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Aetna Shakes Off Cost Bug

It isn't laid low the way rival UnitedHealth was.



rose 5% after first-quarter numbers showed the big health insurer isn't being hit by the rising medical costs seen at rivals


(UNH) - Get UnitedHealth Group Incorporated Report





The Hartford, Conn., managed care giant on Thursday offered a bullish first-quarter update, reporting solid membership growth and stable medical cost trends. The company's net income rose 8.2% to $435 million, with earnings per share of 81 cents beating the consensus estimate by 4 cents.

Aetna's full-year outlook has improved as well. The company's new earnings guidance sits at $3.35 a share, comfortably ahead of the $3.29 consensus estimate.

"Our strong financial results in the first quarter demonstrate that our disciplined strategy of profitable growth is working," Aetna CEO Ronald Williams said. "Our customers and members clearly are responding to Aetna's value proposition of providing high-quality products and services and superior medical management capabilities that help manage costs.

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"Those factors, as well as the steps we have taken to diversify our revenue and earnings, led to a strong performance across all of our health care product lines."

Aetna's first-quarter revenue, up 7% to $6.7 billion, did fall a bit shy of analyst targets. But other key metrics looked strong. The company added 270,000 members in the first quarter, bringing its total membership base to 15.7 million. At the same time, the company managed to keep its medical costs under control, with its commercial medical benefit ratio coming in at 79.6% -- barely rising from a year ago. The company's total MBR of 80.7%, which includes government business lines, held relatively steady as well. The ratios reflect the proportion of premium dollars spent on patient care.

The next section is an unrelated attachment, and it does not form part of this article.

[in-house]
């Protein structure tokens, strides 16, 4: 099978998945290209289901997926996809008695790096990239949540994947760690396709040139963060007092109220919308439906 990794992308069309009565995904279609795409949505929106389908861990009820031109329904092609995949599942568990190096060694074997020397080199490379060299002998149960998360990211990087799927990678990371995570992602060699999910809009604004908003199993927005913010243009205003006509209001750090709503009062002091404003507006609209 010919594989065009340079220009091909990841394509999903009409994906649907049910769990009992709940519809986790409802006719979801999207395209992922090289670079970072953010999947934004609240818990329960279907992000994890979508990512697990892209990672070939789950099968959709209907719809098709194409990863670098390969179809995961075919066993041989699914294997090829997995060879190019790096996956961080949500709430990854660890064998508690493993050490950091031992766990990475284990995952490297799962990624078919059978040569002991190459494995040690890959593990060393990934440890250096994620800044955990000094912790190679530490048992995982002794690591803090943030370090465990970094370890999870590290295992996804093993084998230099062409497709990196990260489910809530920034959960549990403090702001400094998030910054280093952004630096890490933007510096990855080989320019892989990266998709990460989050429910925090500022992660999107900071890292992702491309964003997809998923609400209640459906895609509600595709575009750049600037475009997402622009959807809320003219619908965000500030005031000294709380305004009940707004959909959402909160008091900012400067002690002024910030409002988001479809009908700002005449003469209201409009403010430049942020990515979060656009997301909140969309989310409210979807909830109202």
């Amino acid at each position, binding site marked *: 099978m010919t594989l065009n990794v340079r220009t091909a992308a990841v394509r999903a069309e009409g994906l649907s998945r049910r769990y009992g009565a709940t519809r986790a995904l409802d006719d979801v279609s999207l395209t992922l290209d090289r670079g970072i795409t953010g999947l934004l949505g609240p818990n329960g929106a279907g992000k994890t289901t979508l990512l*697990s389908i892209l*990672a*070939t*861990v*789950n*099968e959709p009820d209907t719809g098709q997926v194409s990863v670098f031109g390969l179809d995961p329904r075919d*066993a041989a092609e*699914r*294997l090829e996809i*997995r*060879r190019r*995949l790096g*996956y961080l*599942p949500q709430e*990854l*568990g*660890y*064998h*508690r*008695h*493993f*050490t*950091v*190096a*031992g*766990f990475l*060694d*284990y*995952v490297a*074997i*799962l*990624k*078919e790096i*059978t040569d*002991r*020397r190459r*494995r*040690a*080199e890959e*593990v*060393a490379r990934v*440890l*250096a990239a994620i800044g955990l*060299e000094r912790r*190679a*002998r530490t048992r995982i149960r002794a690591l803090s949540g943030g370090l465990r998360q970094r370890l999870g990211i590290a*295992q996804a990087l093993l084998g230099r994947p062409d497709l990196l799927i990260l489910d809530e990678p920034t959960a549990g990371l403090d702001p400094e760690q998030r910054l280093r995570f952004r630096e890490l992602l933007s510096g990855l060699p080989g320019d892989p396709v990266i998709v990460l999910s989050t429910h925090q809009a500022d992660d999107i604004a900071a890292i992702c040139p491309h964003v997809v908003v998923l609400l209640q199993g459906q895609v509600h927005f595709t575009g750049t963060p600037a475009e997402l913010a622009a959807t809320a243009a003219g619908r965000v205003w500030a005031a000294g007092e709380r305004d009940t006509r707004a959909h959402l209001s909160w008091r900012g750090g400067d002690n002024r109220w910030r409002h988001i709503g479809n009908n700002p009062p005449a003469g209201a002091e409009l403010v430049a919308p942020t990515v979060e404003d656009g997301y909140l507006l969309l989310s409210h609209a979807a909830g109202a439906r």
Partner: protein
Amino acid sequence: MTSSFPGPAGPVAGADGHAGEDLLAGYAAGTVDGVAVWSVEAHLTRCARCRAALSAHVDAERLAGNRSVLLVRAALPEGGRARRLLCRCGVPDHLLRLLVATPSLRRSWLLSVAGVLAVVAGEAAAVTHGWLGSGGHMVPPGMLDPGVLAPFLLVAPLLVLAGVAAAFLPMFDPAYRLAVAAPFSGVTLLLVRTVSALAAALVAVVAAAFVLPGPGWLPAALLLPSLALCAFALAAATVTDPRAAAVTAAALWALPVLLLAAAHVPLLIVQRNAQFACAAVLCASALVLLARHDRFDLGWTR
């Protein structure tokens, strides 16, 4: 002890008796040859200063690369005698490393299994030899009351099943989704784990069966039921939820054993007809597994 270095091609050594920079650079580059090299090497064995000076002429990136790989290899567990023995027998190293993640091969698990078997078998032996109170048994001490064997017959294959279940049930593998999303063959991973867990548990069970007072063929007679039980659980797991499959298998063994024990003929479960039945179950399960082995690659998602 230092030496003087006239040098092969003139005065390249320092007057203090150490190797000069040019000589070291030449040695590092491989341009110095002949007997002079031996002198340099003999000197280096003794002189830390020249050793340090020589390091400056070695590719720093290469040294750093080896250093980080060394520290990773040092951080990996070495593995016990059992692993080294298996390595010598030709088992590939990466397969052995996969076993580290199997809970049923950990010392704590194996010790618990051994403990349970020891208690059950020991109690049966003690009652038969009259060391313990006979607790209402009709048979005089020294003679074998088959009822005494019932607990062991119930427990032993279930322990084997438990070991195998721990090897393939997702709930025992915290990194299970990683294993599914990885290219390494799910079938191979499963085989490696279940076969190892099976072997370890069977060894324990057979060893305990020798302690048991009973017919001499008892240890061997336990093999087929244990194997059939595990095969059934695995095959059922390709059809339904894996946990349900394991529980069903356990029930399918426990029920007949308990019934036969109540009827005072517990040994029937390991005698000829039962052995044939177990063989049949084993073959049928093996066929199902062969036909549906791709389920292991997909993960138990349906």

"Our disciplined pricing and medical management initiatives led to a very positive commercial medical benefit ratio," boasted Aetna CFO Joseph Zubretsky. "Aetna's continued growth in medical membership, revenue and earnings in the first quarter demonstrates our focus on delivering superior financial results."

Yet even some industry bulls felt cautious ahead of this season's reports, especially after UnitedHealth posted a troubling spike in its commercial medical loss ratio. They feared undue pressure on the stocks whether the companies enjoyed strong earnings growth or not.

"Managed care has had a big run this year, and this probably isn't the time to be chasing the stocks," CIBC World Markets analyst Carl McDonald warned on Tuesday. "Earnings haven't always been kind to the group, so we'd wait for a pullback to get more aggressive."

Moreover, McDonald added, "UNH has already missed its MLR projection -- and it probably won't be the only company to do so."

Still, McDonald singled out Aetna as the safest name to focus on this time around. He portrayed Aetna's own MLR projections as conservative and the market's expectations for the company as rather low. To illustrate his point, he noted that Aetna trades at a 10% discount to its peer group. He estimated the real value of Aetna's stock at $50 a share even after accounting for the company's cost trend problems last year.

Shares rose $2.26 Thursday to $47.26.

McDonald has an overweight rating on the managed sector as a whole. His firm seeks to do business with the companies it covers.

UBS analyst Justin Lake felt comfortable about Aetna's looming update as well. Lake assumed that investors would obsess over Aetna's commercial MLR -- and even predicted an uptick in that metric -- but looked for an "uneventful" report compared to last year's surprises.

Lake even felt that Aetna could enjoy a favorable prior-period development, avoiding the reserve problems experienced by UnitedHealth, as well. He estimated that positive reserve adjustments could add as much as a dime per share to Aetna's earnings over the course of the full year.

"With 2007 expectations somewhat dampened by concerns over membership and MLR, we expect the stock to climb a 'wall of worry' this year on in-line MLR and EPS results, buoyed by the added EPS 'cushion' of prior-period development and share repurchases," Lake wrote on Tuesday. Thus, "Aetna remains our top pick in the space from a risk/reward basis."

Lake values Aetna's stock at $56 a share. His firm has investment banking ties to the company.